Wednesday night marked the 2013 MLS All-Star game that resulted in AS Roma defeating the All-Stars 3-1 but the biggest news that came from the evening may have came off the field. Commissioner Don Garber announced at halftime during the broadcast of Wednesday night’s All-Star Game at Sporting Park that Major League Soccer plans to add another four teams by the 2020 season. There are now 19 teams in the league and New York City FC will join Major League Soccer as the 20th in 2015.
The comments by the commissioner have stirred up a flurry of conversations about which regions and cities should receive the remaining four bids up for grabs. Garber went on to say, “As MLS enters a period of accelerated growth, the addition of new teams will allow us to expand our geographic coverage, grow our fan base and help us achieve our vision of being among the best leagues in the world by 2022.”
It has long been stated that Garber wants the MLS to be considered one of the top leagues by that time. Certainly having 24 teams with established fan bases and soccer-specific stadiums will aid in that process.
The process of deciding which cities can support MLS expansion market will be selected by multiple criteria. Factors taken into consideration include the following per MLS’s release:
“Committed and engaged ownership;”
“A comprehensive stadium plan;”
“Demonstrated fan support for professional soccer in the market;”
“Support from sponsors, television partners and other constituents;”
“A strategic business plan for the launch and successful operation of the club.”
These are the key factors that MLS will look into over the next couple of years. But which cities are in contention? Here is a quick overview of some top candidates.
Orlando City has pushed to reach some of the requirements listed above for a long time and they have made good progress. They have a wealthy owner in Flavio Augusto da Silva who cares about the game, good fan support for playing in the USL Pro (Division III in the US Soccer pyramid) and are already in the early stages of submitting a bid for a soccer specific stadium to be built by 2015. Major League Soccer wants as many regional rivalries as possible. With Miami as another possible site, there is a good chance that if at least one of the Florida locations is chosen, the other will soon follow.
Having already failed once with the Miami Fusion in years past,there are some concerns. Developing long lasting fan bases anywhere in Florida is hard enough, let alone Miami. With the constant nice weather, loads of transplant workers who never grew up following a sports team in Florida and having the beach as an entertainment option will prove as obstacles in proving to MLS a fan base can be developed.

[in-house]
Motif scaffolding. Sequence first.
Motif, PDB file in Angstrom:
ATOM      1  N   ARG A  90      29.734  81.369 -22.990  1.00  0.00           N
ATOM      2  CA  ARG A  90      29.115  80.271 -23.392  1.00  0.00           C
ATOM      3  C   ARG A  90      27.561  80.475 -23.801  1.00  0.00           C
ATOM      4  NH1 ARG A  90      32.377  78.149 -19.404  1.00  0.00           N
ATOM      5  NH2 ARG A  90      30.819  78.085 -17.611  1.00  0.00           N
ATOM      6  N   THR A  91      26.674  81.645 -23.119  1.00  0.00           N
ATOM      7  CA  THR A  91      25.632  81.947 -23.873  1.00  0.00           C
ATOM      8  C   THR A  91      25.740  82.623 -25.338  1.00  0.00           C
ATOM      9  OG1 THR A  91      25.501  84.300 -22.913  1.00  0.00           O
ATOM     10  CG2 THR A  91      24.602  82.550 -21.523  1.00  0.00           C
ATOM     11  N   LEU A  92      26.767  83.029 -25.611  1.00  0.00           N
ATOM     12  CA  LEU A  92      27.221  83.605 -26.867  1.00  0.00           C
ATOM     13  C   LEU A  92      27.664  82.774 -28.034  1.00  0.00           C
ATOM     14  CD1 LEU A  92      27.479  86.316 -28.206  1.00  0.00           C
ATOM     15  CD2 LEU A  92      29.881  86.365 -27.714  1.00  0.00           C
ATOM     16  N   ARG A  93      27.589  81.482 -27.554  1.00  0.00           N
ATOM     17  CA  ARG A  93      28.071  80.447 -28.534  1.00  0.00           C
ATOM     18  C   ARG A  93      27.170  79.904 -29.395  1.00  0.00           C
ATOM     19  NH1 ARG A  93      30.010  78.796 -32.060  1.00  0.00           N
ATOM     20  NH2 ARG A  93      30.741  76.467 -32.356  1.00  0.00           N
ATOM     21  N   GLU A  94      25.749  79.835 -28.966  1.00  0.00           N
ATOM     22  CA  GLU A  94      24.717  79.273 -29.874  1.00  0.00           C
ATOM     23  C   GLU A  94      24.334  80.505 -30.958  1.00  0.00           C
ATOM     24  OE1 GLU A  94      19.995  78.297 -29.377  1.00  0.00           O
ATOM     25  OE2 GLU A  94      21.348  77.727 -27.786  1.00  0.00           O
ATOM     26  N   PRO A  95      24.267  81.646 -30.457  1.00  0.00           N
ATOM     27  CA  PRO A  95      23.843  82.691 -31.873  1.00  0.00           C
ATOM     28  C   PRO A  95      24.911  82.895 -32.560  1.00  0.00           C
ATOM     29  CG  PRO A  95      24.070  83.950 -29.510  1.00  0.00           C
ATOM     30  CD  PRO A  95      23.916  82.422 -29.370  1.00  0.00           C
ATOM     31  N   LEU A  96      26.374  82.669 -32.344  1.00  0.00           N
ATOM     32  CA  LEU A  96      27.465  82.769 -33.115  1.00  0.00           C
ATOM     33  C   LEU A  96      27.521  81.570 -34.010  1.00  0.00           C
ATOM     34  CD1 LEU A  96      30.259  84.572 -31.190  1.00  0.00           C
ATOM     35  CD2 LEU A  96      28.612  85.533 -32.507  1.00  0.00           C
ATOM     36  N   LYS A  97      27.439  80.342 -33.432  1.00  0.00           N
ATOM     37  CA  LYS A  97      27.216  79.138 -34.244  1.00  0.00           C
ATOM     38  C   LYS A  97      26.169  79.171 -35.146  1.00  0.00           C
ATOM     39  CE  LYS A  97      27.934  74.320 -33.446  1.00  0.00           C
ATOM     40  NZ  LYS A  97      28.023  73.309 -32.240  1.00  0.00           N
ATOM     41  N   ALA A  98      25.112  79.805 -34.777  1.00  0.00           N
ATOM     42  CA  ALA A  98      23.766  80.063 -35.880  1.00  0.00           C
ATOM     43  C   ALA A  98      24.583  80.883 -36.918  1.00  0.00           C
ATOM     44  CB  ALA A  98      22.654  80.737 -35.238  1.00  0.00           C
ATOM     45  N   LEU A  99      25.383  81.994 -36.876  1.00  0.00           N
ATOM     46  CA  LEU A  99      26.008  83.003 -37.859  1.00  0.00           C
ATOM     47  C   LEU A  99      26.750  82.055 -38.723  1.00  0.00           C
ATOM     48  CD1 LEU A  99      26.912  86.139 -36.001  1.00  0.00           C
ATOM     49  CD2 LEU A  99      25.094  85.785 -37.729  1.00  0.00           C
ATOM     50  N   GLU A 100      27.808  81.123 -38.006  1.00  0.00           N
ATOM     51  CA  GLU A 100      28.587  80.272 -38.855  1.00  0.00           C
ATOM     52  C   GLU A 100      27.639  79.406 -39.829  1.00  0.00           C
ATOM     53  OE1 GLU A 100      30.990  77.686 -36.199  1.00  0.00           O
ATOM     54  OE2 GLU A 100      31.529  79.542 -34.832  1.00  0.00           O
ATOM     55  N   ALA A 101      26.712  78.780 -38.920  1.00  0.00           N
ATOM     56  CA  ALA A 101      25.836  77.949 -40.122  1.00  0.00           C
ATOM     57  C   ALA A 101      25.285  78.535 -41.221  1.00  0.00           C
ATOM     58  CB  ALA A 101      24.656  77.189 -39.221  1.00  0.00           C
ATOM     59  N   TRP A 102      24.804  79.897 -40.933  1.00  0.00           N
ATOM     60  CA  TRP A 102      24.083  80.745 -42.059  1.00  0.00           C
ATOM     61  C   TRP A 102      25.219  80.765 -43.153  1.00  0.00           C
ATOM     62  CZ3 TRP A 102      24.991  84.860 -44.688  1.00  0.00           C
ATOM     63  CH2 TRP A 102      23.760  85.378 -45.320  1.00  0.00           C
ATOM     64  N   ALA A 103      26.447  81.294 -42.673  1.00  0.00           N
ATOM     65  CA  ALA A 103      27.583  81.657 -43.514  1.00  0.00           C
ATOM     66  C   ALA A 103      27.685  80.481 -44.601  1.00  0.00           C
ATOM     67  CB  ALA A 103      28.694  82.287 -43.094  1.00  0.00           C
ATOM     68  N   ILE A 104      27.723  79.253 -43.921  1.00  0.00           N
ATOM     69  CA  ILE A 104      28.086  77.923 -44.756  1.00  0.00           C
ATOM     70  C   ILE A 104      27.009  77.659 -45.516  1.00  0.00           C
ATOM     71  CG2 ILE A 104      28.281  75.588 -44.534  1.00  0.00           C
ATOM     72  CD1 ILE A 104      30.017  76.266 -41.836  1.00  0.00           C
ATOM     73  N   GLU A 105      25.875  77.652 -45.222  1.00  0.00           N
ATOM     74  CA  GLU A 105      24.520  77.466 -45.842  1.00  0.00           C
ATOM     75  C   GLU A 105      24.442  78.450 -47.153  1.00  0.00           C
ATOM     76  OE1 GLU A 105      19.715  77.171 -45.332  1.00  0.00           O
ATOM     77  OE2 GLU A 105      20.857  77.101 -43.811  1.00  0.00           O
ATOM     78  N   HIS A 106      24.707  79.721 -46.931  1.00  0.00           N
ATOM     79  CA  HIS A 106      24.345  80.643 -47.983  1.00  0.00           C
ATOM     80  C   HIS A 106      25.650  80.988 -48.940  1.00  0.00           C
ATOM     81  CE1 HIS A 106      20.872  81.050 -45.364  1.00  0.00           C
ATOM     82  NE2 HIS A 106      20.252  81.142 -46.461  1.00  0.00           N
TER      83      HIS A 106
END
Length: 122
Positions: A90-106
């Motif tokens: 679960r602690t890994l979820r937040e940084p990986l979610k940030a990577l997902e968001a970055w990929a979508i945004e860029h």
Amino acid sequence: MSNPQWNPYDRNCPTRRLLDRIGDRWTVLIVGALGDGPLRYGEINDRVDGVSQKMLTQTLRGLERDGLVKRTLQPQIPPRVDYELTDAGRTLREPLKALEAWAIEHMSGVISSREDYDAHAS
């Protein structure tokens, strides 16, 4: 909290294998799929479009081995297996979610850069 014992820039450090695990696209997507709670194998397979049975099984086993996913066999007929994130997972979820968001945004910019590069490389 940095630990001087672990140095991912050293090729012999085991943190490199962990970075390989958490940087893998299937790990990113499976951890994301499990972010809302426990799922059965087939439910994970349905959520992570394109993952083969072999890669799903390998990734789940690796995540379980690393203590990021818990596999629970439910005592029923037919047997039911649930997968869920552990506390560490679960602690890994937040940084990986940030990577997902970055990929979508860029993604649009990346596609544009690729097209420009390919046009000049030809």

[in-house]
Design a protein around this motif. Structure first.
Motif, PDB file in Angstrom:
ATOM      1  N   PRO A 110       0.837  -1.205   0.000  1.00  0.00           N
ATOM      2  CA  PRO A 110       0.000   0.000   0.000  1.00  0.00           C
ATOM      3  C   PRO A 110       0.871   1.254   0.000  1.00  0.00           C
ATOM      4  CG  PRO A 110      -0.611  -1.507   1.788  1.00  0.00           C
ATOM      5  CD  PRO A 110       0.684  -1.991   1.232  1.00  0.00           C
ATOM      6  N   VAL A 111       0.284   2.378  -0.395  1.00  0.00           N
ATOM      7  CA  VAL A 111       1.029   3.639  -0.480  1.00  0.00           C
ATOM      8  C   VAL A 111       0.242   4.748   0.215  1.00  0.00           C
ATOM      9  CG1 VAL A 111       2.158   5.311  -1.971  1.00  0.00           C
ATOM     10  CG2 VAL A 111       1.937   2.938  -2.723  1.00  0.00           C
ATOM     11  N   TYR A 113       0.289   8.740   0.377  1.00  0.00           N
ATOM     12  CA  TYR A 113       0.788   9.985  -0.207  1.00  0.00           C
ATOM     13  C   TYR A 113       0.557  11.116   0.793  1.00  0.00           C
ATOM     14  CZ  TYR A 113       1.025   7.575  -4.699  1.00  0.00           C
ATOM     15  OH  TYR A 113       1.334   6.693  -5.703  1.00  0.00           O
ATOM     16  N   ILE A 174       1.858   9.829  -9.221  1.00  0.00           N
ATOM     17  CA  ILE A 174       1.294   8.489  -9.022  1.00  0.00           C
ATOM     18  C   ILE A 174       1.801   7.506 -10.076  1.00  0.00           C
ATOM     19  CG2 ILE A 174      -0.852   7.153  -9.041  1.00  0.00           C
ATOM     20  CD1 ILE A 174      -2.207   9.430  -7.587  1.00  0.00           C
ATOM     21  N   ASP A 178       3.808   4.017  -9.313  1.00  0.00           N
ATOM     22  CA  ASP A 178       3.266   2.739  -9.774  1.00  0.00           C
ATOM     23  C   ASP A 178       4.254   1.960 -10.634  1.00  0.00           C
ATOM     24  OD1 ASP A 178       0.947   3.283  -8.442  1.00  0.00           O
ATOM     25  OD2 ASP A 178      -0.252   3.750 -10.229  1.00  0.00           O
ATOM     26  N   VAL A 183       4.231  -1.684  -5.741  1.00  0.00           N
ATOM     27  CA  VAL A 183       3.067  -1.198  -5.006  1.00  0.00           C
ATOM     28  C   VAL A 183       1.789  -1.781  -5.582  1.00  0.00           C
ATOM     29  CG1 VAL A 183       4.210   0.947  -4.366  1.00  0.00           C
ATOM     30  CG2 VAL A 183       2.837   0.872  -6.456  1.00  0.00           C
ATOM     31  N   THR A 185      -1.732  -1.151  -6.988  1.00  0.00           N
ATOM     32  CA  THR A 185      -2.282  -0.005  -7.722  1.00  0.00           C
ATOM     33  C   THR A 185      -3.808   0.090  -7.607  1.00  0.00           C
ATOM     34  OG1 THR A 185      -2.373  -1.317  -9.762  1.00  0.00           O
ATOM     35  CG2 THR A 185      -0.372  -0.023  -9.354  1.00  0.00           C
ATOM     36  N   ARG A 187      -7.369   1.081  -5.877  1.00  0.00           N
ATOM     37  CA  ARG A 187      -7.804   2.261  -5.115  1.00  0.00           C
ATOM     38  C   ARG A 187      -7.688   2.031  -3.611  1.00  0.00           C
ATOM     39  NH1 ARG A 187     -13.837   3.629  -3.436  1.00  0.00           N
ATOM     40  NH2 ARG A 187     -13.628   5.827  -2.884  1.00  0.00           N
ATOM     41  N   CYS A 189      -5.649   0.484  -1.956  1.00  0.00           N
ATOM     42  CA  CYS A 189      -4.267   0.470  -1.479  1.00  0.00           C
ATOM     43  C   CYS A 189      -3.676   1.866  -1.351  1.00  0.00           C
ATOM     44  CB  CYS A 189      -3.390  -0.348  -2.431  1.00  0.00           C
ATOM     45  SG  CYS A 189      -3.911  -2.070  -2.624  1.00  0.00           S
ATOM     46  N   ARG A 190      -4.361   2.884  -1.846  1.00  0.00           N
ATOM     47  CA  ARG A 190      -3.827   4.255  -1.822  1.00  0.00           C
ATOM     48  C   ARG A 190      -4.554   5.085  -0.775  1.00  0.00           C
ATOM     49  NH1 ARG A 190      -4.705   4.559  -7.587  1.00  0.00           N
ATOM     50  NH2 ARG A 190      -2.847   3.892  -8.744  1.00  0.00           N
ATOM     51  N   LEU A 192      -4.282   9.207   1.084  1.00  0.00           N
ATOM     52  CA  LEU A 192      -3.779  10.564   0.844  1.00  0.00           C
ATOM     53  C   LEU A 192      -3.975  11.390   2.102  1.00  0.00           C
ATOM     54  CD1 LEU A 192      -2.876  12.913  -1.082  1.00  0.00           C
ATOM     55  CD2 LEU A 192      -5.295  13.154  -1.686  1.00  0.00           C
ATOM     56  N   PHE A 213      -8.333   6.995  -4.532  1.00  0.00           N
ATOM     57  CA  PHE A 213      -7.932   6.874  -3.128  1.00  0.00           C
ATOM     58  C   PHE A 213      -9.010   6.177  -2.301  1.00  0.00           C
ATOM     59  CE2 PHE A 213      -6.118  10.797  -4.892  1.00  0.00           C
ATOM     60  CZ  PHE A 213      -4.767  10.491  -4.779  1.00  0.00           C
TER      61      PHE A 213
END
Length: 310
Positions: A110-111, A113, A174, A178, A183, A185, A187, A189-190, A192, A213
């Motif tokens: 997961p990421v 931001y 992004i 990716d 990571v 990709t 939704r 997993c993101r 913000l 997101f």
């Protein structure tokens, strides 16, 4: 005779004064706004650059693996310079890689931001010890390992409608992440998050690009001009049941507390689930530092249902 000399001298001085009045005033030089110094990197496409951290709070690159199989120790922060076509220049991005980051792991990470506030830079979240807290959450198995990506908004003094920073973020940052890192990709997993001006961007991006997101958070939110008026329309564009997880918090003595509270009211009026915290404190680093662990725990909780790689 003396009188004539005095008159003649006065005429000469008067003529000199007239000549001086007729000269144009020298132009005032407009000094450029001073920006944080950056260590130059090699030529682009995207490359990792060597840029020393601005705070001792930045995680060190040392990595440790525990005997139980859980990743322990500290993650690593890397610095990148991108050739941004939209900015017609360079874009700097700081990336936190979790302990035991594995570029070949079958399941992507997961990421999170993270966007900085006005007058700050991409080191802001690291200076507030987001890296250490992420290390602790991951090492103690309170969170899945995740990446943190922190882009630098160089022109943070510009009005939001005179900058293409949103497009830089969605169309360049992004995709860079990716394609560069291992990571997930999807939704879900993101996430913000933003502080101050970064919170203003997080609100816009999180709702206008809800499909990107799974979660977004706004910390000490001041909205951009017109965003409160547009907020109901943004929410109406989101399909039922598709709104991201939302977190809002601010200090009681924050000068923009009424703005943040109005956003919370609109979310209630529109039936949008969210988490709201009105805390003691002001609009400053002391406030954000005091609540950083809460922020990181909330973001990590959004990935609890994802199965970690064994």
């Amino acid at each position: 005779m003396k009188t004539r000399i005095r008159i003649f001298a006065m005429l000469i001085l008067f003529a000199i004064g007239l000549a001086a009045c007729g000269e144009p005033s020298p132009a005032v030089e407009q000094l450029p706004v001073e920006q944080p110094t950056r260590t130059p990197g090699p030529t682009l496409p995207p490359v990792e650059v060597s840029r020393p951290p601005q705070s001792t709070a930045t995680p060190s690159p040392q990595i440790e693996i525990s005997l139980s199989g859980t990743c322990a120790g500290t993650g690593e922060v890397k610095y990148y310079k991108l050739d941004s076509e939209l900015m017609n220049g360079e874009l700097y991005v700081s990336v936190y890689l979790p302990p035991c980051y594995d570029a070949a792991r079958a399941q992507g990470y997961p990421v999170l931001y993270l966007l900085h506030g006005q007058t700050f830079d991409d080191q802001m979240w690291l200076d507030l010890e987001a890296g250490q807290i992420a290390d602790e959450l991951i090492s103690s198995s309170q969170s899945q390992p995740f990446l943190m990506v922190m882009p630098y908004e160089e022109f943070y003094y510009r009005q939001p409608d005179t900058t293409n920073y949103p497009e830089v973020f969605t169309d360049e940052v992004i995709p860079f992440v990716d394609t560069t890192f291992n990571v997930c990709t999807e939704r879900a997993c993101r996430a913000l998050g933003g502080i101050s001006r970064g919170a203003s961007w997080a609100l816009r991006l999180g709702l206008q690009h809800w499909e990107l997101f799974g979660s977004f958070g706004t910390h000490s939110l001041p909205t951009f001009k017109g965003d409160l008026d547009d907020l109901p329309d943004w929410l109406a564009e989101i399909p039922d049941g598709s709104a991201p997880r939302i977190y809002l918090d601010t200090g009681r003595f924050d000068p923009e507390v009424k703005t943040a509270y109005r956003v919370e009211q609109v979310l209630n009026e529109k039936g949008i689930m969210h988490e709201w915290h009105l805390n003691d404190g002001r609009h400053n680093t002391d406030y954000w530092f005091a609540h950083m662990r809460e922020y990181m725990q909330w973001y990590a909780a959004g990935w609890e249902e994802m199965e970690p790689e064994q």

In saying that, lets not forget that David Beckham has an option to buy an MLS franchise and he seems to be targeting Miami as the site. If the infrastructure and support can be proved to MLS, then Beckham may have the connections to bring in a big name player or two that will really get people excited. Still seems like a lot of ifs to me though.
They already have an NASL (Division II) team in the Atlanta Silverbacks and
an owner who is willing to offer some support to the cause. Also throw in the fact that Atlanta is one of the biggest markets in the United States without an MLS team and you might have a serious reason to look into this city as an expansion destination. Don Garber will continue to expand down to the Southeast markets and if MLS teams don’t materialize in both Orlando and Miami, look for Atlanta to make a strong push at a bid.
Both of these cities have expressed interest in making a bid for an MLS team in the past ten months. I believe that adding an MLS team to either market will be key to the growth of the game in the Midwest, specifically in Columbus, Ohio. The Columbus Crew’s main rivals are the Chicago Fire (over five hours away) and Toronto FC (seven hours away). I believe that if a team was added in Detroit or Pittsburgh then you are really creating that regional battle and tension the Midwest is missing.
Concerns are that the city of Detroit just filed for bankruptcy. Yeah, I also was unaware that an entire city could go bankrupt, but they figured out a way to do so. Not sure how much support people will put behind building an 18,000 seat stadium when they seemingly have bigger issues to work out first.
Which leads me to think that Pittsburgh might be a more realistic option. They just built Highmark Stadium, a 3,500 seat soccer complex, right on the river with plans on expanding the facility to over 18,000 seats. I dislike all things Pittsburgh but we do have to admit they have good sports fans. If they have the facility and a decent team you would have to believe the support would follow.
Other cities that will be in the running are San Antonio, Sacramento, Minnesota, St. Louis, Indianapolis, Jacksonville and Las Vegas.
This is an extremely exciting time in Major League Soccer. If you consider yourself a “soccer fan” but for whatever reason don’t follow MLS then now is the perfect time to start paying attention. Whether we want to believe or not, soccer is growing in this country and Don Garber has the league on the right track.
Will Major League Soccer be a top league within the next ten years? I don’t know, only time will tell. But with the recent announcement of more teams joining Major League Soccer within the next couple of years, I think it is safe to say that soccer is continuing to grow.